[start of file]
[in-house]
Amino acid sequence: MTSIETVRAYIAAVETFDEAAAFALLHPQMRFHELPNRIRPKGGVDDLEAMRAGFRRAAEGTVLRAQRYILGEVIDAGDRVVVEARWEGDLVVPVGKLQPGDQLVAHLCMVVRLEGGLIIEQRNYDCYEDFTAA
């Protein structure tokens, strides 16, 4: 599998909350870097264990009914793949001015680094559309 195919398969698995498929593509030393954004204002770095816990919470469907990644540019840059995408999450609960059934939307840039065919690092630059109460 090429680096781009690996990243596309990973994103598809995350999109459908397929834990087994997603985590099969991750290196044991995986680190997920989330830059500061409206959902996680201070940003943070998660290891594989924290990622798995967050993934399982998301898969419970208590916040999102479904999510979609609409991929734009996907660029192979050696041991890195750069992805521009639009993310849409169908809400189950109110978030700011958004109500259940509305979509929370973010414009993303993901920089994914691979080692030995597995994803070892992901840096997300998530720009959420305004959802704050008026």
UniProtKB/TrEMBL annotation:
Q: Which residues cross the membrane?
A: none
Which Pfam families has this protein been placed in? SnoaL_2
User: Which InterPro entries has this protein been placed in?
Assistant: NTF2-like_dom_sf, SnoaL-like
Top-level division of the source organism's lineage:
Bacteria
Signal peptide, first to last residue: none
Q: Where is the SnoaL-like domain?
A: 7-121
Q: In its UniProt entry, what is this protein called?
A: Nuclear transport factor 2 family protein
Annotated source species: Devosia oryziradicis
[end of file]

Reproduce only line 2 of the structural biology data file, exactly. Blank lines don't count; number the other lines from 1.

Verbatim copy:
Amino acid sequence: MTSIETVRAYIAAVETFDEAAAFALLHPQMRFHELPNRIRPKGGVDDLEAMRAGFRRAAEGTVLRAQRYILGEVIDAGDRVVVEARWEGDLVVPVGKLQPGDQLVAHLCMVVRLEGGLIIEQRNYDCYEDFTAA